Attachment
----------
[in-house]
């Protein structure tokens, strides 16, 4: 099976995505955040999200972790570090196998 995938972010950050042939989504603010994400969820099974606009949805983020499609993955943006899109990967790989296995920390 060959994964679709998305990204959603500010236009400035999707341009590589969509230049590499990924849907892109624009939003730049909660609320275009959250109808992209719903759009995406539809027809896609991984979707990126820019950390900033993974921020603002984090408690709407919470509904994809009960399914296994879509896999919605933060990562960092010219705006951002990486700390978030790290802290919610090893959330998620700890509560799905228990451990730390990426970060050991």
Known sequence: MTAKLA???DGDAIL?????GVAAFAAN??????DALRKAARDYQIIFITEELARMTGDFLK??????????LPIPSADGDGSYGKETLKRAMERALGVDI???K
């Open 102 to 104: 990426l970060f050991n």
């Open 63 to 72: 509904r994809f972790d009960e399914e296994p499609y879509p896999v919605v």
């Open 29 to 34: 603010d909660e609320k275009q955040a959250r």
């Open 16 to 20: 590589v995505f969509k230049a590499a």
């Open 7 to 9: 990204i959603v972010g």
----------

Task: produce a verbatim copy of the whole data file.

[in-house]
């Protein structure tokens, strides 16, 4: 099976995505955040999200972790570090196998 995938972010950050042939989504603010994400969820099974606009949805983020499609993955943006899109990967790989296995920390 060959994964679709998305990204959603500010236009400035999707341009590589969509230049590499990924849907892109624009939003730049909660609320275009959250109808992209719903759009995406539809027809896609991984979707990126820019950390900033993974921020603002984090408690709407919470509904994809009960399914296994879509896999919605933060990562960092010219705006951002990486700390978030790290802290919610090893959330998620700890509560799905228990451990730390990426970060050991």
Known sequence: MTAKLA???DGDAIL?????GVAAFAAN??????DALRKAARDYQIIFITEELARMTGDFLK??????????LPIPSADGDGSYGKETLKRAMERALGVDI???K
């Open 102 to 104: 990426l970060f050991n």
């Open 63 to 72: 509904r994809f972790d009960e399914e296994p499609y879509p896999v919605v």
């Open 29 to 34: 603010d909660e609320k275009q955040a959250r």
């Open 16 to 20: 590589v995505f969509k230049a590499a």
């Open 7 to 9: 990204i959603v972010g």